economically. It was a title that gained layers of meaning as the story developed.

9. Did you have the ending in mind when you started?

My beginning and ending changed many times over the course of writing this novel. What remained constant
was the core of the novel, the two wars and the Great Depression that linked them, though each of those sections
were trimmed and edited many times over.

Cormorant Books Reader’s Guide                  www.cormorantbooks.com                              Underground
10. What do you hope your readers will take from your book?

I hope, of course, that readers will enjoy the story and the writing, and encourage others to read Underground.
Whether or not readers agree with the Canadian government’s decision to oppose the fight against fascism in
Spain, I hope they agree it is a subject that should be discussed in schools. I hope that each Remembrance Day
readers will be moved to include in their thoughts the Canadian veterans of the Spanish Civil War. They remain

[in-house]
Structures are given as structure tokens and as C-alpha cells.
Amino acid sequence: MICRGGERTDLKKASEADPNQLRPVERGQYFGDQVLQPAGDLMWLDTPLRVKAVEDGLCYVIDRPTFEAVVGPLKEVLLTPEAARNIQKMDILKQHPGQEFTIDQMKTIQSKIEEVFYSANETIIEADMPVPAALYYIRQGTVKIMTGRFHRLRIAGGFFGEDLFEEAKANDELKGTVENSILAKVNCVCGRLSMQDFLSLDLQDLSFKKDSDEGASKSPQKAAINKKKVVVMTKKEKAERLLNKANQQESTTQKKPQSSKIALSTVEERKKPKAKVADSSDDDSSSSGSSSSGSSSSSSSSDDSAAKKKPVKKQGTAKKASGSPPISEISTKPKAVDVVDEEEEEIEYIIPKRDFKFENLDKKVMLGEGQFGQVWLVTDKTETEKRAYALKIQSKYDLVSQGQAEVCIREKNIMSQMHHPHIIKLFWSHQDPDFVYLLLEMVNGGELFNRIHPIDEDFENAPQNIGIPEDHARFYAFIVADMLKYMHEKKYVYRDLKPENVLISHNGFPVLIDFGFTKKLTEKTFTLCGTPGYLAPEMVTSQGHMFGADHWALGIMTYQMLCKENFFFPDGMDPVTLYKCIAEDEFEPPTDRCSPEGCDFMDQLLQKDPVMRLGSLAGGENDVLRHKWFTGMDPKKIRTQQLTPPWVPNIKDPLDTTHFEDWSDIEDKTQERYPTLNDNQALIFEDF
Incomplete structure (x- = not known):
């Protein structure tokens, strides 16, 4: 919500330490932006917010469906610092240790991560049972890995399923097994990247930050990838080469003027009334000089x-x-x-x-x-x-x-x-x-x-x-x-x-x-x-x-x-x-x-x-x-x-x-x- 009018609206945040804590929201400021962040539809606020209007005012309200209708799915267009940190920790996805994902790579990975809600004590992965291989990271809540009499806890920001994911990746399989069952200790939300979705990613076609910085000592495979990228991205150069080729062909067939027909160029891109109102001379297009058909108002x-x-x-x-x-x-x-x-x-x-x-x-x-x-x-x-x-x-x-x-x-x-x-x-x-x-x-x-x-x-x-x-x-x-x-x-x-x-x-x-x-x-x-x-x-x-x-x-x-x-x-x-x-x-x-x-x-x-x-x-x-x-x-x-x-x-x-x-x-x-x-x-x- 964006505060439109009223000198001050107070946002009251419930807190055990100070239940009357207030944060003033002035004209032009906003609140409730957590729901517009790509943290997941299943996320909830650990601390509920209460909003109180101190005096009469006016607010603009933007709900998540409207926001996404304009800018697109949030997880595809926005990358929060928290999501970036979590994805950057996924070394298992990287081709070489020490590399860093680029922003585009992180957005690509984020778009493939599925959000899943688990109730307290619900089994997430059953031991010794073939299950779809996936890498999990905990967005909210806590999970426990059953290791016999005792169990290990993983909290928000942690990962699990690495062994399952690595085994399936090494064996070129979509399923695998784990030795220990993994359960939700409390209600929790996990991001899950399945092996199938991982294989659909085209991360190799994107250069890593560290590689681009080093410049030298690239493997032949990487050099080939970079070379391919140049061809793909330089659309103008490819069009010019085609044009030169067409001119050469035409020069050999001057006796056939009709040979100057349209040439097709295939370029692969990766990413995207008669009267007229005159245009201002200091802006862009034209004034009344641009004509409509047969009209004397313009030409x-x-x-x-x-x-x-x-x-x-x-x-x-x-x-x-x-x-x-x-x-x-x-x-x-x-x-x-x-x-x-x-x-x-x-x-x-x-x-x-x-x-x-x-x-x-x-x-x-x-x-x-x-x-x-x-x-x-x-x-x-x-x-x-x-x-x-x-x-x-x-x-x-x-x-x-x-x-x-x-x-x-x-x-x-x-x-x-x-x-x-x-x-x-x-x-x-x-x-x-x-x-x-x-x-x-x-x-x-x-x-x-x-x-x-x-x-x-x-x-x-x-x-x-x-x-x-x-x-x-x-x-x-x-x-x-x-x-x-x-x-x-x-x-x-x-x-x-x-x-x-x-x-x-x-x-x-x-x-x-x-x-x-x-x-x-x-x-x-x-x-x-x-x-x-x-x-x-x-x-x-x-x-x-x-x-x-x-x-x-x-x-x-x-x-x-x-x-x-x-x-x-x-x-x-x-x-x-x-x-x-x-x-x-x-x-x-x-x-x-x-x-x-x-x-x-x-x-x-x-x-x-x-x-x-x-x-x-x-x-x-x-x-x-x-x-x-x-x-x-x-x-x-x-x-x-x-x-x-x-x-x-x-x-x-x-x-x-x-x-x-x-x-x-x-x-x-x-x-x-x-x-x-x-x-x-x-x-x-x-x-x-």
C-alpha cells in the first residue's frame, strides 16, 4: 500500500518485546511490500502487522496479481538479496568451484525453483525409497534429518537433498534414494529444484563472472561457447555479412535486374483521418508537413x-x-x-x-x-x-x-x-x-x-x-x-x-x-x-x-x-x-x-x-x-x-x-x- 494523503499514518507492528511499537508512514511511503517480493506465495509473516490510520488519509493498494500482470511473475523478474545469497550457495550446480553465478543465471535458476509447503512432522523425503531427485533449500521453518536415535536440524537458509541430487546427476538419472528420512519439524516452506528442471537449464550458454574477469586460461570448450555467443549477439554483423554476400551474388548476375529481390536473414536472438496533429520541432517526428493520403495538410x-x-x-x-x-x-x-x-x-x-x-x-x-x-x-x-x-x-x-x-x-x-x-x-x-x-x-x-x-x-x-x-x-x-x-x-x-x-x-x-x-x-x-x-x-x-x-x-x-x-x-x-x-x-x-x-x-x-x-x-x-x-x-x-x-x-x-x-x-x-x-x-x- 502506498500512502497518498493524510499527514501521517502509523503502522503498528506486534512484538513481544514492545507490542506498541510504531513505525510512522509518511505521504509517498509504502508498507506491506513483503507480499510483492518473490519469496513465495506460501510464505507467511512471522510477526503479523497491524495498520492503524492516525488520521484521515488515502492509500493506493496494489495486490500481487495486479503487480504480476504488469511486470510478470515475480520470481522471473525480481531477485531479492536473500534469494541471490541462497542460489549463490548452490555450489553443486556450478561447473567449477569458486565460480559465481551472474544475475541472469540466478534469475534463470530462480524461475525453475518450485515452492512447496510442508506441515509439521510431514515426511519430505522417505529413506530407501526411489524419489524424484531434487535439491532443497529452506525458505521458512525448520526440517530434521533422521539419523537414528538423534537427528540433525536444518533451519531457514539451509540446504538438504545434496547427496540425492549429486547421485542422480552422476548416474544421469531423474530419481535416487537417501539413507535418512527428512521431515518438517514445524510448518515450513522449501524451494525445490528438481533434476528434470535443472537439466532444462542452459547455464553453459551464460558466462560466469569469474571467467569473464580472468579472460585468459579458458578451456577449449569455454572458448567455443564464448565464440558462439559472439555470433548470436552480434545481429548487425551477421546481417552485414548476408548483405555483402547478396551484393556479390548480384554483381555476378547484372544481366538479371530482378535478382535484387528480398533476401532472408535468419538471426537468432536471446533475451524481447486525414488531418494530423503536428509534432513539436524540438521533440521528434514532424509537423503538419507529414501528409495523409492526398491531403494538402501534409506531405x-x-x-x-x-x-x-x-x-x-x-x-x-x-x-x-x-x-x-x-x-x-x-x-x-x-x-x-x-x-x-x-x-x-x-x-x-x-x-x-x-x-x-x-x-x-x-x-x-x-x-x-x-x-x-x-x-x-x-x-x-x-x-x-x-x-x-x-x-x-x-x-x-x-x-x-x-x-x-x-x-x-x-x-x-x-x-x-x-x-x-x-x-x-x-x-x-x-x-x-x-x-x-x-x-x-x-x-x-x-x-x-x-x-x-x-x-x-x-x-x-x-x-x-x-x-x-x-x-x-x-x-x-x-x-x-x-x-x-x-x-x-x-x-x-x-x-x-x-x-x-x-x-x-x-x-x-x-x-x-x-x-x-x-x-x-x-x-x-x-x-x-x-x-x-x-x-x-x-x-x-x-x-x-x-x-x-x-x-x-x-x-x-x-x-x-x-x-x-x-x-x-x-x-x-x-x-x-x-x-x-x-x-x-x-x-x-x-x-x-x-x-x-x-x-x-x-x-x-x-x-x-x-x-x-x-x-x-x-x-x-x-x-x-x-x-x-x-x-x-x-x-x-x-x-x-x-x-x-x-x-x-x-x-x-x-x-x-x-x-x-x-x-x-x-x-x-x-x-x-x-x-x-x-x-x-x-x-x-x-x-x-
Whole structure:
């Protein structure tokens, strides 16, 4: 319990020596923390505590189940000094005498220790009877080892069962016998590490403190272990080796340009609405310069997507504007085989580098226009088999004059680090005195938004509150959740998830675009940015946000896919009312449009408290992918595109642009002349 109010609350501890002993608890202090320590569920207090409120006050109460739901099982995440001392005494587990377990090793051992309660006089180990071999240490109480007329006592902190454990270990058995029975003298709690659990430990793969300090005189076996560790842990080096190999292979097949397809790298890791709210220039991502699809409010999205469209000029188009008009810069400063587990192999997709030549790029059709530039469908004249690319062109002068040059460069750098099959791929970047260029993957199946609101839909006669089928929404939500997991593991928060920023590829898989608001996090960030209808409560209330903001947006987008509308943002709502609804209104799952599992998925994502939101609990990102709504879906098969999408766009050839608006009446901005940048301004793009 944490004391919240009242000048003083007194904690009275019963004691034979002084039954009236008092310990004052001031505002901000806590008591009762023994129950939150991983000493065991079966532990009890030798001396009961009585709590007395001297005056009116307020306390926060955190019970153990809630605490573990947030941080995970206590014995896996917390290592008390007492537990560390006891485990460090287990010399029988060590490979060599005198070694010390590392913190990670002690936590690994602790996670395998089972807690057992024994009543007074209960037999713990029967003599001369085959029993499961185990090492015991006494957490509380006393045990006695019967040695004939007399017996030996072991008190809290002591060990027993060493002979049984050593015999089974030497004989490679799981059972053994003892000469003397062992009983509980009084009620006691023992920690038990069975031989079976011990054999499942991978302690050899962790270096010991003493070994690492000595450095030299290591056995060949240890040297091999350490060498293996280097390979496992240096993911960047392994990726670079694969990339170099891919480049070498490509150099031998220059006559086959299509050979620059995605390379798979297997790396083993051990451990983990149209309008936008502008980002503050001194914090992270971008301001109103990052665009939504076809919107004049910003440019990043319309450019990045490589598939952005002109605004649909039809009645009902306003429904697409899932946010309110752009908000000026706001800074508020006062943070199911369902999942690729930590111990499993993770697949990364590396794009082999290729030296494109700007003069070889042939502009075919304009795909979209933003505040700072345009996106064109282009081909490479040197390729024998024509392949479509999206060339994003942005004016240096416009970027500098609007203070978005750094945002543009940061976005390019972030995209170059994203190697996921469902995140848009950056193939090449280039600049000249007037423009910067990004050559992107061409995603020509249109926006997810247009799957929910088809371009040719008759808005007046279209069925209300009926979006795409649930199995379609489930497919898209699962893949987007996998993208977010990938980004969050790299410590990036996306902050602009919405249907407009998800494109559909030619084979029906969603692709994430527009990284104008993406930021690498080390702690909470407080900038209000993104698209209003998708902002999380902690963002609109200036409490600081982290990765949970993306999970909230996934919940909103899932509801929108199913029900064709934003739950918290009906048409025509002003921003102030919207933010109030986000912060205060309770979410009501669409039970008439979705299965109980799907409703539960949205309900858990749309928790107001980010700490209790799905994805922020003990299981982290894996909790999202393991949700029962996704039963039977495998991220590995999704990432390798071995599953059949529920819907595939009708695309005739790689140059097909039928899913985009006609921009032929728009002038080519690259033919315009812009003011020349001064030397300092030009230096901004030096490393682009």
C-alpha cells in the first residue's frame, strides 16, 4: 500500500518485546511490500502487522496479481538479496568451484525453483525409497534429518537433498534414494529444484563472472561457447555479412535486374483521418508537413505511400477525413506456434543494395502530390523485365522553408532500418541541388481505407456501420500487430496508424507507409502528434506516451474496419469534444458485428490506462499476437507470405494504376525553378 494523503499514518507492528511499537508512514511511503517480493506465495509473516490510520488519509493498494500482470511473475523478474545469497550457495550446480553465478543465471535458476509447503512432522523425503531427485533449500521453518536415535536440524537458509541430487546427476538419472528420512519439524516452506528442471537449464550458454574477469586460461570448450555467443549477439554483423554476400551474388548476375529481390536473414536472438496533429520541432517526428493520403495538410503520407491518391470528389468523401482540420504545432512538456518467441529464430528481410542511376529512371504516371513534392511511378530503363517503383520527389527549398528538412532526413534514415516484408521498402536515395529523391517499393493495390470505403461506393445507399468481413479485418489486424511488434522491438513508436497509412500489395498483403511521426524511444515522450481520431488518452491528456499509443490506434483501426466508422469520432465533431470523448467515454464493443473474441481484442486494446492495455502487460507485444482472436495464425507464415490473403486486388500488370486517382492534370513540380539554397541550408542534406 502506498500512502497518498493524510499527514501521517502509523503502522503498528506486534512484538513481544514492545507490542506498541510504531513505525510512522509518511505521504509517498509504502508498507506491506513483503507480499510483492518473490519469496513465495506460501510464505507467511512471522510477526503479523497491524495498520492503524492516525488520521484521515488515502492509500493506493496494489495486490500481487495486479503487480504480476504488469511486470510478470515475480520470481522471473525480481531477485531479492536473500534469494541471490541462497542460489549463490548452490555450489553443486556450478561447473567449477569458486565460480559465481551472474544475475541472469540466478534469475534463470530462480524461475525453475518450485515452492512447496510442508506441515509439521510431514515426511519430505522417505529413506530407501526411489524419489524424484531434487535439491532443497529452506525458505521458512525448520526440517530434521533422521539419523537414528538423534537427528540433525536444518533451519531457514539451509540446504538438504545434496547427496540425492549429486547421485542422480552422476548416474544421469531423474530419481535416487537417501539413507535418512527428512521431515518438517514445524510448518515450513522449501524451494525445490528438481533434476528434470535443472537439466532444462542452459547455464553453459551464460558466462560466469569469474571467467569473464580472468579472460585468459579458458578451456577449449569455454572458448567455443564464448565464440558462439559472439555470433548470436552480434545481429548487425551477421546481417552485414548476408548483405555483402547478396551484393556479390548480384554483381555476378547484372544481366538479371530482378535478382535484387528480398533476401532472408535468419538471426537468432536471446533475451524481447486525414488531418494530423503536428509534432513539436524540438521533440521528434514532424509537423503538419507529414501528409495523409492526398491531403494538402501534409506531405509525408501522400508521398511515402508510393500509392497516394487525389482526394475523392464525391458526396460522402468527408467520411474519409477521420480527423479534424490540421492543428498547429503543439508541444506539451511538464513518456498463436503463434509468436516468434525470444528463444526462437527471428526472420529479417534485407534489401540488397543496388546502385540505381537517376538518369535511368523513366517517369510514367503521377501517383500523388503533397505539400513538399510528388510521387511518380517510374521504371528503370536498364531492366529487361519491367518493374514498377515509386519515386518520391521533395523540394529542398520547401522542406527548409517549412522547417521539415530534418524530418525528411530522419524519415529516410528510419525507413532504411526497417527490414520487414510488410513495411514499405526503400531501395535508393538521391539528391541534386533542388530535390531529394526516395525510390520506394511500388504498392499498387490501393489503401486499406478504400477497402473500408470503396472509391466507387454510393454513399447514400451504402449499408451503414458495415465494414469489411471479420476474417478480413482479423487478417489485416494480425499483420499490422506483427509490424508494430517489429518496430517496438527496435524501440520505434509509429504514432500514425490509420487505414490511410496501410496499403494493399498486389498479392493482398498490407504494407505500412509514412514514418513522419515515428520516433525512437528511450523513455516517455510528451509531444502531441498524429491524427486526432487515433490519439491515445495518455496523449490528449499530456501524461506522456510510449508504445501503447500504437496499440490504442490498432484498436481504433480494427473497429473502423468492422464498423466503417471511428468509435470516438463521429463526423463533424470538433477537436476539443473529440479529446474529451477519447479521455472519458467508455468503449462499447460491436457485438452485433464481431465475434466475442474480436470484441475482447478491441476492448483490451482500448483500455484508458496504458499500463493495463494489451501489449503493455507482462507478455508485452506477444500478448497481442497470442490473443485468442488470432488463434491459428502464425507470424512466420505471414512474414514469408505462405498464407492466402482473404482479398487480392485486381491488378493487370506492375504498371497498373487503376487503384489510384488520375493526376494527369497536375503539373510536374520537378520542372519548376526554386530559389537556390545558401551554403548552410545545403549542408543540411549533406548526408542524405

Canada’s forgotten soldiers during official November 11th ceremonies.


11. Have you started working on your next project?

I have begun scribbling ideas in a notebook, but I haven’t anything solid, yet. I think that this time the protagonist
will be a woman, and she will be as outward as Al is inward, as gruff as he is gentle.


QUESTIONS FOR DISCUSSION

1. Why is Albert always on the move?

2. Was there ever a time when you thought Albert would give up? Why?

3. What was the most memorable image for you? Why?

4. What truly drives Albert throughout the novel?

5. Who was the most memorable secondary character for you?

6. Discuss the various women Albert meets throughout the novel. How does he feel about each of them?

7. Discuss Albert’s relationship with Delgado.

8. Discuss Albert Fraser as an artist.

9. Compare the Moor in the prison with Albert and his own life.

10. Food plays an important role throughout the novel. Discuss some of these instances that stuck out in your
mind.

11. The novel spans several years. Discuss Albert as he matures. Does he change much?




Cormorant Books Reader’s Guide                   www.cormorantbooks.com                               Underground